" but is any BPLer willing to go out in prime polar bear habitat and pet some cute fuzzy white bears without said firearm??? "
yes. (walked there , but not the petting the bear thing)
and i might add, they are absolutely terrifying.
so, it's been done. i also have noted that even in Jerry Kobalenko's (extremely experienced arctic sled hauler) writing you can find that he, with all his exposure and skill, is having second thoughts about la-dee-da just "being with the bears", and it's starting to weigh on his mind. Jerry packs when he's up there, no doubt about that. and he is not liking the idea at all of non-packing in the arctic.
anybody here ever sprayed a grizzly ?
range : 3 to 4 feet.
i missed it too ! (misjudged the cross wind)
and no, i was not overly nervous or shaking. i was concerned and engaged as a man can be. had plenty of time to watch this thing stroll on over to see if i was good to eat. it just kept coming on, they do that sometimes.
a very short burst (like pop'n a steam valve) of the spray, even though it shot across his bow did the trick. he was more surprised by where the noise came from than the caustic effects (it was not a total wiff of a miss)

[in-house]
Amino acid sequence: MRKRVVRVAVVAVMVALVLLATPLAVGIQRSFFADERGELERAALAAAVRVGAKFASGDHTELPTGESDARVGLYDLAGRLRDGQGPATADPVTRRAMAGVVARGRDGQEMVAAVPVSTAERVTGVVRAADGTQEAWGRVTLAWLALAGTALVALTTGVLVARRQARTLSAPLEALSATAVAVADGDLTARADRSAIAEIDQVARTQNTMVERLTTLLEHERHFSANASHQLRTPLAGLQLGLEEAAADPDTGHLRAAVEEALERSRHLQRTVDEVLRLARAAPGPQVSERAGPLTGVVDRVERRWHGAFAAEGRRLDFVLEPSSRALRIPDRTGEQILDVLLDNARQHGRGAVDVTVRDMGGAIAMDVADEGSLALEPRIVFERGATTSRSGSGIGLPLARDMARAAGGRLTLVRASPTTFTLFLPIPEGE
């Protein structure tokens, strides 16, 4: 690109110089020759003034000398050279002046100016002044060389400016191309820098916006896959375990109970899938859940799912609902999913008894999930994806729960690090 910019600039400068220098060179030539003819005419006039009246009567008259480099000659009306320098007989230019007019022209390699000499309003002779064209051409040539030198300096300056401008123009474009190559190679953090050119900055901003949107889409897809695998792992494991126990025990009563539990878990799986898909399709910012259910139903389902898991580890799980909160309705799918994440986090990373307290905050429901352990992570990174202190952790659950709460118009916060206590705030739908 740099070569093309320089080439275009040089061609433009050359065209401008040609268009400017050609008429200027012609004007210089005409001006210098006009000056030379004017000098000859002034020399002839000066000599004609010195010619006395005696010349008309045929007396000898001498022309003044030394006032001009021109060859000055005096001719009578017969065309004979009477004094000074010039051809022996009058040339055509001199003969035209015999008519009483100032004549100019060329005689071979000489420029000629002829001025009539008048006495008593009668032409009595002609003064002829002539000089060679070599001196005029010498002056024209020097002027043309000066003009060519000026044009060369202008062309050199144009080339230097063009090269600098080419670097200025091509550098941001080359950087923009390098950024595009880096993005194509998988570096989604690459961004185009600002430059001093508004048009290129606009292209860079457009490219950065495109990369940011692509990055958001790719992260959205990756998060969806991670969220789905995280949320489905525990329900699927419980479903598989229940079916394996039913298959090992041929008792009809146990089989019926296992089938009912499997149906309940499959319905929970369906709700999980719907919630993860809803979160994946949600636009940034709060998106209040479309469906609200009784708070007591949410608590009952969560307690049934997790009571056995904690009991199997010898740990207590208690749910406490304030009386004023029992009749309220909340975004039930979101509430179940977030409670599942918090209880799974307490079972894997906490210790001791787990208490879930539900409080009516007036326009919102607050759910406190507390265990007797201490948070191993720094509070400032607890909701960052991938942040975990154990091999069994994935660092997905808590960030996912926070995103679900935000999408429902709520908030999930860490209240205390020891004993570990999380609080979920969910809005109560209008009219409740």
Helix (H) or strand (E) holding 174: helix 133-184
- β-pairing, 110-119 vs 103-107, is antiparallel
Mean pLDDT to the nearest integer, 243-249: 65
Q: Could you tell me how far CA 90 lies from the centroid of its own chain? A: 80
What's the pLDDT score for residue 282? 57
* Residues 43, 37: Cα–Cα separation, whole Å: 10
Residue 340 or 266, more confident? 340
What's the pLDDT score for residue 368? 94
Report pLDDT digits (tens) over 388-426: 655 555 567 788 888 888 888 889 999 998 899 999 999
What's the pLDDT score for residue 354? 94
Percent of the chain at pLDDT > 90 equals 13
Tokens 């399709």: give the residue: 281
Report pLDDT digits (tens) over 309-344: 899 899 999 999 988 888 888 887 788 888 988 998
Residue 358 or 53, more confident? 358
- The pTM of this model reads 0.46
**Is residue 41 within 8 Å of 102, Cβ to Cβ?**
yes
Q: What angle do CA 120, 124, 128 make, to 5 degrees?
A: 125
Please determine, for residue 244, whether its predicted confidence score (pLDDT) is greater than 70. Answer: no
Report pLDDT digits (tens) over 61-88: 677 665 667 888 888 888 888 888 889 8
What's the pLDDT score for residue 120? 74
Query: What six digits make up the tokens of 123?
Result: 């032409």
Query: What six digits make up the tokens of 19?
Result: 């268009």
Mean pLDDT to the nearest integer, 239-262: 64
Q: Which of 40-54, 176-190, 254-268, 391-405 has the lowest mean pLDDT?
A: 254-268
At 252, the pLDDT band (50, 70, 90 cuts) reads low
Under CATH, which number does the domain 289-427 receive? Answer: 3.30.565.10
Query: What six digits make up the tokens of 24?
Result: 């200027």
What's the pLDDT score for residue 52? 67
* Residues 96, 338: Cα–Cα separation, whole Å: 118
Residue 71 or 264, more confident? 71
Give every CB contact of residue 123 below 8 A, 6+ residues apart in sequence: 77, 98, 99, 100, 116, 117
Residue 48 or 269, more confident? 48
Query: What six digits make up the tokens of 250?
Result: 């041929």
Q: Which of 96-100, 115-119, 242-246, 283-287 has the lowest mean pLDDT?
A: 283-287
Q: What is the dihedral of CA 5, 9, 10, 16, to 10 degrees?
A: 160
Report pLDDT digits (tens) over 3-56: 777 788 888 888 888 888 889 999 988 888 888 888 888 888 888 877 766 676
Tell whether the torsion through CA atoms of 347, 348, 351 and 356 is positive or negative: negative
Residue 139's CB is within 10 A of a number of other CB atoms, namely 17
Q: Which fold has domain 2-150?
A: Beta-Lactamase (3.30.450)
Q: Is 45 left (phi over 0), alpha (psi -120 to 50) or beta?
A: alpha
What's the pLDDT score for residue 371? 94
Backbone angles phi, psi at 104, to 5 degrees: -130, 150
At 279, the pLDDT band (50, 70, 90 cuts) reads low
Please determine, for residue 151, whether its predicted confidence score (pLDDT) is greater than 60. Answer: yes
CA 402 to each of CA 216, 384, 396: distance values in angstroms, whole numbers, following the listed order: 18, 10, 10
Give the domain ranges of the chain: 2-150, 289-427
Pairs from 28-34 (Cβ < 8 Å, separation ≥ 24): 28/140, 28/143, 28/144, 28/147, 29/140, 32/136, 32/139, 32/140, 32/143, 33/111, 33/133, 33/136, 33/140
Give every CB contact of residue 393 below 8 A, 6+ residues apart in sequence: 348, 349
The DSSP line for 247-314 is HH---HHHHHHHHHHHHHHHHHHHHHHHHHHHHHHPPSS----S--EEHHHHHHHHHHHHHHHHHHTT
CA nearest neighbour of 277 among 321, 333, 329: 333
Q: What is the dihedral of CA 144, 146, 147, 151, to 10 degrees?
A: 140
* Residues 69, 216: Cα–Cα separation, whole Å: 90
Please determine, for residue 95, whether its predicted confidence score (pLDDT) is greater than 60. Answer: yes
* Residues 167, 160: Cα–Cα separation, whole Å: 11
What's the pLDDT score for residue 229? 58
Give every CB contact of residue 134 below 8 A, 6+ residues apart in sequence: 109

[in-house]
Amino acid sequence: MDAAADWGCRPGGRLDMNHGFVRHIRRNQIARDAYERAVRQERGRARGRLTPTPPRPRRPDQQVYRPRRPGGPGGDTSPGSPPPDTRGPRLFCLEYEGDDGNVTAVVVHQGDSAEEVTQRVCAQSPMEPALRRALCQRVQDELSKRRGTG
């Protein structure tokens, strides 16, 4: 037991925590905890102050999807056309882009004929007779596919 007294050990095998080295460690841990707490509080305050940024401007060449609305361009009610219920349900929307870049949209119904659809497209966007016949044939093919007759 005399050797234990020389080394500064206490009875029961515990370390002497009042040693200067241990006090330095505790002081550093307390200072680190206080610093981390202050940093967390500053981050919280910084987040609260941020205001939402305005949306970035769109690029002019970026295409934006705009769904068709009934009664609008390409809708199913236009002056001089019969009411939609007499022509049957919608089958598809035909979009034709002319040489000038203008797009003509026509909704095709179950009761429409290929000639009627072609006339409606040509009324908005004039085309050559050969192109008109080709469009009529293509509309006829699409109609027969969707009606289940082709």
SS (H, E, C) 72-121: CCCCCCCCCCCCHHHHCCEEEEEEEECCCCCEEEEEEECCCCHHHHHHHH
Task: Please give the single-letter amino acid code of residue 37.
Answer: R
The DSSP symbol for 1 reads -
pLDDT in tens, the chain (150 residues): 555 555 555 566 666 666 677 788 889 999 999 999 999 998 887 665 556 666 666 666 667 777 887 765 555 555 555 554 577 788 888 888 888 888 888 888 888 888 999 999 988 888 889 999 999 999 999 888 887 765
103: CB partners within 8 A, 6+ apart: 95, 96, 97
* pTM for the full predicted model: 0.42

white bear issues trend to come to about (if you read enough of them) during situations where folks are camped. not seeing a lot (if ever) of "Jane and Timmy" are walking along and eat by a polar bear. but guys get drug out of their tents often enough that it gives cause to worry, i will tell you that !
separate subject :
i do not agree in concept with David's analysis of the bear trends in Yellowstone. he relates four incidents (that's ok), and then goes on to describe how each incident may have been prevented (also Ok).
the issue i am seeing is that his work does not take into account that (in my words) "people have been doing the same stupid things for decades" and that is actually a control in the data, not a variable !
then we are told "the campground should have been closed ..." (or such to that effect), but it wasn't, was it ? and it was open ALL those years before, so it's part of the control data as well. and then we are inferred that using the control as a removable item is ok, and thusly we have no trend showing.
in my view, David's analysis is flawed in those regards, and thusly his conclusion is unsupported. (though granted, he may well be correct.)